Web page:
Where Employees Decide Their Own Salaries

Selling Business Case To Your CFO
November 24, 2016
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Where Employees Decide Their Own Salaries

Businessman Put Coin To Highest Stack Of Coins

When a company with US$4 mill revenue is looking to grow by 100% in next 3-4 years, what steps would you foresee them taking to achieve their goals?

Going past the obvious “expand the customer base” step, one of the key thing for business growth is having the right strategy, structure, processes, people and rewards (The Star Model). The proponents of this model, which includes the big consulting firms and the big businesses themselves, emphasize on the need for structure and processes in the organization for their growth.

Enters Ricardo Semler, the leader of Semco Corporation, Brazil, who against all the common beliefs and wisdom, grew his company from US$4mill to US$212 million in 20 years by doing the following:

• Eliminated all the titles. Anyone could choose their own title but no boss no junior
• Instituted democracy – one could choose their own salary, the work they liked, the team they liked to work with
• Complete transparency – all the financial information, the secrecy of which is protected with blood by the big corporates, was publicly available for anyone to see
• No policies, no rule books – a worker could fly business class for their work trip if they wanted to
• No training, no development – when you are bored of your job, spend a month in other work areas and learn new skills

These decisions were flying straight in the face of the structure which Mr Semler Senior had created as he ran a tight ship for several years before Ricardo took over.

The organization was a ridiculed in not only Brazil but also across the shores in their early years. But Ricardo, as he recounts in his first book The Maverick, was convinced that a company can be and should be run by treating workers as adults and not as kids.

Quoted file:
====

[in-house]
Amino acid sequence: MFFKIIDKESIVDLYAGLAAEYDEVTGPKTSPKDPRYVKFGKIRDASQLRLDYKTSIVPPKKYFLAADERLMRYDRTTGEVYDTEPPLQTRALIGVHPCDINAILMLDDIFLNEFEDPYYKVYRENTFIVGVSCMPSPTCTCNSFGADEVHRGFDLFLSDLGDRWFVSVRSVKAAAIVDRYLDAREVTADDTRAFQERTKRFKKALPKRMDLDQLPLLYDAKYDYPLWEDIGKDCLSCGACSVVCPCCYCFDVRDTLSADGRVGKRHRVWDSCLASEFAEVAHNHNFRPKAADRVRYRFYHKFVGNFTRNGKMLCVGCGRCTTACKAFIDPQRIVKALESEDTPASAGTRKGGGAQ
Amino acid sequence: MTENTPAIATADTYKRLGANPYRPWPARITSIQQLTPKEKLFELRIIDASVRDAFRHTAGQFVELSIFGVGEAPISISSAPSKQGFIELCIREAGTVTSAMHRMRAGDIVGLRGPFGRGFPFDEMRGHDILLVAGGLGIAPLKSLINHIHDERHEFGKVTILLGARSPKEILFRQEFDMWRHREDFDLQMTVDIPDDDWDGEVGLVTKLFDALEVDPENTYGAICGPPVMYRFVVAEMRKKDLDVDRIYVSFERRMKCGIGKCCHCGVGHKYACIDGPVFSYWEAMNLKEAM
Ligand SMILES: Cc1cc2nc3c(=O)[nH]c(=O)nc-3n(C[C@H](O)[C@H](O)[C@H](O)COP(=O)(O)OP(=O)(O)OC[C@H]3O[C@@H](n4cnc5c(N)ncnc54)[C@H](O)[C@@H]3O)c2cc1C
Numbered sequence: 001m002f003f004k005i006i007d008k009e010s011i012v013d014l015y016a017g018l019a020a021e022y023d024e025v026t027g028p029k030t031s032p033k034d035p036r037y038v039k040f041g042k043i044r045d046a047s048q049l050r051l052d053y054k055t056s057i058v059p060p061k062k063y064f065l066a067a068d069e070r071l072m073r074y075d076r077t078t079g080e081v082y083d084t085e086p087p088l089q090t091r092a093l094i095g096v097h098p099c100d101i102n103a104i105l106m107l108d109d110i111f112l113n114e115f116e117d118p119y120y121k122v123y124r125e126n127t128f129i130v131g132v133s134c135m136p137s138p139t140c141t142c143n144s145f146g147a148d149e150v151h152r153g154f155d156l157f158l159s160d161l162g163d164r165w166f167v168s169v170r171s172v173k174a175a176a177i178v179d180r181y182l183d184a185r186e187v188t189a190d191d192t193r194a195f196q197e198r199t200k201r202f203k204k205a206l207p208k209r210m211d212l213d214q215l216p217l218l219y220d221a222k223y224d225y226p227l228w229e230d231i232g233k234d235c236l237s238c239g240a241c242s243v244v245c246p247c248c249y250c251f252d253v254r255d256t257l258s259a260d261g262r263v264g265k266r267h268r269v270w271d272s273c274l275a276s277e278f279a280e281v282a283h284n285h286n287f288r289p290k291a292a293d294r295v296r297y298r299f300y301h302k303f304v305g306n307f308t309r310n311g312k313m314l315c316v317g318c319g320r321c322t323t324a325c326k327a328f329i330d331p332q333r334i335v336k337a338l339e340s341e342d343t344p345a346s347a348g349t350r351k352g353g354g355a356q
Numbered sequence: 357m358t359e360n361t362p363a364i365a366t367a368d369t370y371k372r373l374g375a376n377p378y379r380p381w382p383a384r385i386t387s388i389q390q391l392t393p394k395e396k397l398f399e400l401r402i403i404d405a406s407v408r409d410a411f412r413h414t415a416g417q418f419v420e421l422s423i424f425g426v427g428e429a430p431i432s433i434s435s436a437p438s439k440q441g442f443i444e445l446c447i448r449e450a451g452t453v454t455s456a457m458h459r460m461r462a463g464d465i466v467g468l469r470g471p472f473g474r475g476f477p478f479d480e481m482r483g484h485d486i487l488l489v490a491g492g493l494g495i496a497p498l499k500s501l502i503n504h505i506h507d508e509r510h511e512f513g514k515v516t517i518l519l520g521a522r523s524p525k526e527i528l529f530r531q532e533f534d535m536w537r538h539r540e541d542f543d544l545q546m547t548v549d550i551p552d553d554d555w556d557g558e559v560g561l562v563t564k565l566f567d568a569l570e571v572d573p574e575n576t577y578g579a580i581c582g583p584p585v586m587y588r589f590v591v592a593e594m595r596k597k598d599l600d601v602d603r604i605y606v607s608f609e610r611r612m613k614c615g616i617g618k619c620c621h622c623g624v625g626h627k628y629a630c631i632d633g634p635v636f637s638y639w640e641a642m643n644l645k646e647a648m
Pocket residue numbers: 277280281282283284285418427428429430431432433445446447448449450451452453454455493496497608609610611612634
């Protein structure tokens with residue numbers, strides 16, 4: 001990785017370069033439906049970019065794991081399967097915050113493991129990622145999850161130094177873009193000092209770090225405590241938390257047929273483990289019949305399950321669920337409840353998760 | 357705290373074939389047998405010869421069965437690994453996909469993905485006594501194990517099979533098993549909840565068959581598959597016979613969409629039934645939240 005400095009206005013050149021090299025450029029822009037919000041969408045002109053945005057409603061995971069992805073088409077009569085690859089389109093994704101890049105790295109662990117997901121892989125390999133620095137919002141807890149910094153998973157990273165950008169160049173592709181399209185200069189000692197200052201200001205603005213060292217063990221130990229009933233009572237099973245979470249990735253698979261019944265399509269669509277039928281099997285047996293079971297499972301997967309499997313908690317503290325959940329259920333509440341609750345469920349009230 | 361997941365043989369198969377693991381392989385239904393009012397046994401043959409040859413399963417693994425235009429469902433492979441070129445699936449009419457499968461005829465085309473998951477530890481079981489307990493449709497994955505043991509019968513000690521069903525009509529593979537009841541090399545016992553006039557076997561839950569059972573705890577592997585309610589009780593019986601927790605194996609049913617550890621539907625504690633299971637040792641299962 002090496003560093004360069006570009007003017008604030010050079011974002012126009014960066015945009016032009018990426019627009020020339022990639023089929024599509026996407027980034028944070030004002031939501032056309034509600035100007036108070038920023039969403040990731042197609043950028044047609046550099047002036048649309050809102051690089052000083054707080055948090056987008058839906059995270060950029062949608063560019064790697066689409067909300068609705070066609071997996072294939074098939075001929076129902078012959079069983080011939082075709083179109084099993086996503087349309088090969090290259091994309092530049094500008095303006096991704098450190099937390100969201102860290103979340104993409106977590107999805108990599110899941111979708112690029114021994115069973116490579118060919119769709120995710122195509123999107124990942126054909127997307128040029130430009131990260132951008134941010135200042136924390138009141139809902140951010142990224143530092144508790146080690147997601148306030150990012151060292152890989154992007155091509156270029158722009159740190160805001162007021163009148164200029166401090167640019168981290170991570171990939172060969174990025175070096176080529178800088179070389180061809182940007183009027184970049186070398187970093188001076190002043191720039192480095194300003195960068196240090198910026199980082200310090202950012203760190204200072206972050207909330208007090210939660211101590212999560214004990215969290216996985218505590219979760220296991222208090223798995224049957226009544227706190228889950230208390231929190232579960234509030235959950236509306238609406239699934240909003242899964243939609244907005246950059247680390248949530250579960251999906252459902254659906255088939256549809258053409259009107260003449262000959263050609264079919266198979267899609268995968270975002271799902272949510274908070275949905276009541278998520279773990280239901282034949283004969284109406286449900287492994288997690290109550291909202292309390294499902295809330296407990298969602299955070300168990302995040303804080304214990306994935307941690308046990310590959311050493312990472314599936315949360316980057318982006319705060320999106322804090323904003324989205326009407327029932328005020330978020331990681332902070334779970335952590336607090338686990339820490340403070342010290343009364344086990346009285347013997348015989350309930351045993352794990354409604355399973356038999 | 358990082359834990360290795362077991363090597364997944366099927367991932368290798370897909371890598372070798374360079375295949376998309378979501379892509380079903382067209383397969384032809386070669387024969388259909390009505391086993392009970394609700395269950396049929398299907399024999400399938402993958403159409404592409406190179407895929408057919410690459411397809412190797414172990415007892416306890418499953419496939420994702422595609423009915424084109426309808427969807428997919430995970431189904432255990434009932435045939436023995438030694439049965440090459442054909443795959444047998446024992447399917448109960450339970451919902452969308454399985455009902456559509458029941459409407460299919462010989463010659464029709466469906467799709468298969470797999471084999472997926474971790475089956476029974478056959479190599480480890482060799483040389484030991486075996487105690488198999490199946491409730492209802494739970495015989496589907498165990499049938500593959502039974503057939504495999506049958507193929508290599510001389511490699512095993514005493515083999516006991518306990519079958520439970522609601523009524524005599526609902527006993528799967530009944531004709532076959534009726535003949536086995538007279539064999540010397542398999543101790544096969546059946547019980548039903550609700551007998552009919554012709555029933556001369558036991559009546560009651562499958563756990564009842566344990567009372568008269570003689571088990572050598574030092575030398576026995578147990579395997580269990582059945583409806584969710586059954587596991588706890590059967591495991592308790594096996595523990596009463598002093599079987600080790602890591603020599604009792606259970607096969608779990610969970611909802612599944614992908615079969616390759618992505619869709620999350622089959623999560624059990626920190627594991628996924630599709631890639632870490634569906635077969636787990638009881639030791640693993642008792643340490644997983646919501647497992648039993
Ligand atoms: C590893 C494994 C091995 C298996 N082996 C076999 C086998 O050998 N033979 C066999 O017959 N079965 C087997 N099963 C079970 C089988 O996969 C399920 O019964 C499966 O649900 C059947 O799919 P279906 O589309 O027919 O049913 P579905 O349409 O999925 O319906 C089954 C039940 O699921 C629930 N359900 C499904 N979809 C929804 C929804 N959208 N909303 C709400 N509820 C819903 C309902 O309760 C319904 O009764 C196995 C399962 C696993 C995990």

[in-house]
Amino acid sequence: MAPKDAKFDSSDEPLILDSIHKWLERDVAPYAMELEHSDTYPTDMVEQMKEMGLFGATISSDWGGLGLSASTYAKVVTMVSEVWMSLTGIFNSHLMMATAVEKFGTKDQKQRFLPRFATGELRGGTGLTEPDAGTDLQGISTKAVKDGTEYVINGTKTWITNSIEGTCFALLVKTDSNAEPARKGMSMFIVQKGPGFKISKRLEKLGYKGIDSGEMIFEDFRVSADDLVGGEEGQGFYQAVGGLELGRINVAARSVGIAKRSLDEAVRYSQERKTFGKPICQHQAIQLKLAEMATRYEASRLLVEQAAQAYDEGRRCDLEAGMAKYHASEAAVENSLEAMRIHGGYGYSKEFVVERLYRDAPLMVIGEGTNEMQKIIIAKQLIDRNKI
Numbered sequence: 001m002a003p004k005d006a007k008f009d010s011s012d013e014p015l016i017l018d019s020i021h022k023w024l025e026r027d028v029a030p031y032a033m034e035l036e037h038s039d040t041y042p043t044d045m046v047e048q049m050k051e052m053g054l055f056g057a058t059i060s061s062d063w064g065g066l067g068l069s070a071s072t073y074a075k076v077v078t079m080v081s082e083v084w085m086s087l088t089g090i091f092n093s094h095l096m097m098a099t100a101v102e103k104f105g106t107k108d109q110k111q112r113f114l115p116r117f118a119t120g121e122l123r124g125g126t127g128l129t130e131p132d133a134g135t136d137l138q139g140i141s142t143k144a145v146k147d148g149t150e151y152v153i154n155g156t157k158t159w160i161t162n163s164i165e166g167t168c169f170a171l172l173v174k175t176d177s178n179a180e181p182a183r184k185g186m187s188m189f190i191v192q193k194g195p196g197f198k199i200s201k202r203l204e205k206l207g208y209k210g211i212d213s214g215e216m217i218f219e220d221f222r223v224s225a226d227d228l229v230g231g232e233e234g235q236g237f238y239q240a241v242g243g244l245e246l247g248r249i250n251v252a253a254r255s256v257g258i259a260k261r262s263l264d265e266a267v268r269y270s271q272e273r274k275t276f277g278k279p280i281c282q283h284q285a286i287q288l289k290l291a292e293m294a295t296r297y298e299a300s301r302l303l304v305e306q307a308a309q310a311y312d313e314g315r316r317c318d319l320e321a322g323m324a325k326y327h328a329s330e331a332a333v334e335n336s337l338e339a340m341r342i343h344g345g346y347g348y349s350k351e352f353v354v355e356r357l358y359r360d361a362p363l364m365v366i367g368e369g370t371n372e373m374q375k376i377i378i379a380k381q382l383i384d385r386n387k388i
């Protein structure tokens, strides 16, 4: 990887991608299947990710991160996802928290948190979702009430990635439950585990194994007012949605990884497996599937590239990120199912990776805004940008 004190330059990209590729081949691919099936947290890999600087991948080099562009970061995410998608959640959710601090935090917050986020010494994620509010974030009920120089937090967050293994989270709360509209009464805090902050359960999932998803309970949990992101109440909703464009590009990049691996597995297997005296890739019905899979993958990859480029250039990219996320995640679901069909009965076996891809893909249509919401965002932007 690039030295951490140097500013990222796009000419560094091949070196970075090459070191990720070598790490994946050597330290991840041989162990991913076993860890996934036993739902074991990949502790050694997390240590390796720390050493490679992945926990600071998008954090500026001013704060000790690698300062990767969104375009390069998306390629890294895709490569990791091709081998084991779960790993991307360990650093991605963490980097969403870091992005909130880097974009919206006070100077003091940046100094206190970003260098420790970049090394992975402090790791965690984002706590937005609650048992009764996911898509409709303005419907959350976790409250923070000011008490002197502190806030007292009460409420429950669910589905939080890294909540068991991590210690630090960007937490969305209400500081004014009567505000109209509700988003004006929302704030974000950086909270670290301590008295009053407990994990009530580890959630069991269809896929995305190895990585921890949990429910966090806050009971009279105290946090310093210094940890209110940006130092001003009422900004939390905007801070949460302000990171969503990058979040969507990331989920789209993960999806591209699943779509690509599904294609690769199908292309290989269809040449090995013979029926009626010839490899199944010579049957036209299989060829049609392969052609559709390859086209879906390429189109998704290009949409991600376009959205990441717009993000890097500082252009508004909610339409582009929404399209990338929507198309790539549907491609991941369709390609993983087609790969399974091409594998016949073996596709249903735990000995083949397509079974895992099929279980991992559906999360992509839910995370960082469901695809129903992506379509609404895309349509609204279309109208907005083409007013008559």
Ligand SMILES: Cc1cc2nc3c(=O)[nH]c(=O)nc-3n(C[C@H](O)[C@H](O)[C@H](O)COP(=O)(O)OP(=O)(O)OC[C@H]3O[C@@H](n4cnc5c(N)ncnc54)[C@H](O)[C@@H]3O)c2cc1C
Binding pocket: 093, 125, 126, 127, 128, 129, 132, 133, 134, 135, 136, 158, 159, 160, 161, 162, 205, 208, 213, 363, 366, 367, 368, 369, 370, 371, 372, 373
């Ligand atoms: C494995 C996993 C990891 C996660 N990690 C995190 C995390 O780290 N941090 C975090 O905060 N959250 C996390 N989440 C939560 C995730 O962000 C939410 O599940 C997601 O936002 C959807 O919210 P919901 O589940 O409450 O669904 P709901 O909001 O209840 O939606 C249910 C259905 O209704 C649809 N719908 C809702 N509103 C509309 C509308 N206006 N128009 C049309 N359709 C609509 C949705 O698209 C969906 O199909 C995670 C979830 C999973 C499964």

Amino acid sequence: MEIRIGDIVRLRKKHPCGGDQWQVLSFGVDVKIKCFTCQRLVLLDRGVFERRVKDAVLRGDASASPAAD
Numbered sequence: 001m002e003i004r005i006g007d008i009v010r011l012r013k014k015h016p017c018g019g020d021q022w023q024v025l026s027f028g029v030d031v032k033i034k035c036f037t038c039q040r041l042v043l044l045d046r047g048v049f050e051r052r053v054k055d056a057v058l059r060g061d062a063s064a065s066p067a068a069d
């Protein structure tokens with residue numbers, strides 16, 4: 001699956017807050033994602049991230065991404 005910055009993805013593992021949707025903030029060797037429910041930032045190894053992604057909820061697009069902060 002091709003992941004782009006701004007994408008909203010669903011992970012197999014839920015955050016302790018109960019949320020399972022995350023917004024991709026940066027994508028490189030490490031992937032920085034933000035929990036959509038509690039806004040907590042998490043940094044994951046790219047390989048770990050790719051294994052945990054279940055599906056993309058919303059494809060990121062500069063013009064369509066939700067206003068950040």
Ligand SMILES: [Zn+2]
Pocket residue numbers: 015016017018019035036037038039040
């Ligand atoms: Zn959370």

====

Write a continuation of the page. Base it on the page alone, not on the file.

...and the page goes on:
The basis of this new workplace, which Frieberg puts it as “Insanity that works”, was trust in the ability of human beings to find their way.

An artist at heart, Ricardo firmly believed that people know their jobs and can take the decisions to create success for themselves and their clan if you leave them to it. Yes, they will make mistakes. But organizations make mistakes, in fact they make blunders. As long as you have a simple system which allows people to learn from their mistakes and make better decisions next time.

We salute the courage of Mr Semler. He took the decision to swim against the current and kept at it when every wise person around him was advising him against it. Even today, if we tell a management guru that we have a company where we have no HR department, no organization structure, no rule books, no policies, employees can choose their own salaries, their own furniture, then that guru will be handing us the forms for filing Chapter 11 Bankrupcy. They will not believe it is possible even today. Ricardo made it happen in 1980s.

Do give his book, the Maverick, a read and get to know the genius behind his ideas. You read the stories about him retaining an employee who took Semco to court and about a worker occupying the CEO’s office and telling his CEO to move elsewhere and you feel here is an ingenius misfit who genuinely believed in people.

He is now invited to speak about organization culture and innovation all over the world. Here is one clip where he talks about being wise, not smart:

And here is the link to his Ted talk


  1. Chasmine says:

    Woot, I will ceilnraty put this to good use!

    • Sanjeev Verma says:

      Thanks Chasmine. Ricardo has been an inspiration for me for more than a decade. Led me to believe that when the traditions are challenged objectively, they pave way for the radical solutions